Better yet, when you do this process, you quickly realize that that Voice has very little to say. It basically keeps repeating the same thing over and over. And all of it boils down to:
“I don’t want to.”
“Who do you think you are?”
So… the next time you find yourself “going dark” on yourself, and that Voice is screaming at you, and you’re feeling anxious, nervous, scared, or incredibly sad… or you’re certain you’re going to fail or make a fool of yourself… sit that sucker down and give it your full, objective, undivided, compassionate attention.
Listen. Take notes. Ask questions. Bring your whole heart and genuine desire to understand.
Be kind. But don’t be passive. Offer evidence to the contrary. Hold up your finger and say, “Wait a minute…” when that Voice makes blanket statements like, “You always do this!”
Equally, write down any valid points that Voice may share (like when my Voice mentioned that fourth stanza that needs more work).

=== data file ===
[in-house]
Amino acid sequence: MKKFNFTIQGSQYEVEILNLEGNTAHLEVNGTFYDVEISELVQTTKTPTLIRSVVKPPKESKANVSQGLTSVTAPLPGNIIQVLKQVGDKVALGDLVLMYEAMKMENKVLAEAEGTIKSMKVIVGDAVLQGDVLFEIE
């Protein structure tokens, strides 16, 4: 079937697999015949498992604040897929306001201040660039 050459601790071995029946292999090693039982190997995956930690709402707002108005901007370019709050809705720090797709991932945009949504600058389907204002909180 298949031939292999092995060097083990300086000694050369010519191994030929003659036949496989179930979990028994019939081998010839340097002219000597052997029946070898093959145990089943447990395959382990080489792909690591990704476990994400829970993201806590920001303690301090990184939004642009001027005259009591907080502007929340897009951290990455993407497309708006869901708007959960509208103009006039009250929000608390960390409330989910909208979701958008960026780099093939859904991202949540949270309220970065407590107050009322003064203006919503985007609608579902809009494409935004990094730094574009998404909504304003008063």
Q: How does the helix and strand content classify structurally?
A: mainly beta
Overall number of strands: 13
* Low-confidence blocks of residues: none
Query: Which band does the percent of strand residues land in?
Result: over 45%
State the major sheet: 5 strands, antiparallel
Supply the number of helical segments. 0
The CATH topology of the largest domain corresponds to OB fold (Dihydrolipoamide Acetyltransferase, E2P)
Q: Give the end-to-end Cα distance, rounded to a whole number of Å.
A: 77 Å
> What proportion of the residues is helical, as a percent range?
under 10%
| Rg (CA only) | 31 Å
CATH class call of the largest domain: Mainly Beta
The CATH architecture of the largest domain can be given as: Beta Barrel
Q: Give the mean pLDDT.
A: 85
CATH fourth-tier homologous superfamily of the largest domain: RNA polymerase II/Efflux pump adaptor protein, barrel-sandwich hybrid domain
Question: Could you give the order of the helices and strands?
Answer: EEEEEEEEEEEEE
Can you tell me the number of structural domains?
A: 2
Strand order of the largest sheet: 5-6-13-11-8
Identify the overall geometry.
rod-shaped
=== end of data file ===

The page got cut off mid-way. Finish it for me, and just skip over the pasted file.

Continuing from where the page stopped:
The Interview is going to be your best friend anytime you’re stepping up to do something new, to become more and move closer to what you really want. Because that’s when your nervous system is freaking out! You’re venturing into new territory so that Voice is going to be screaming: “Wait a minute! This is all too much! Turn back! Danger! Danger!” simply because it doesn’t know the terrain. It’s scared for you. And it’s trying to protest in order to protect you.
By the way… I don’t get stage fright any more. Not an ounce. Sure, I get nervous and excited before performing. But I don’t get clobbered by fear or anxiety.
Maybe that’s because it’s become second nature to me now. But I think using The Interview has a lot to do with it as well.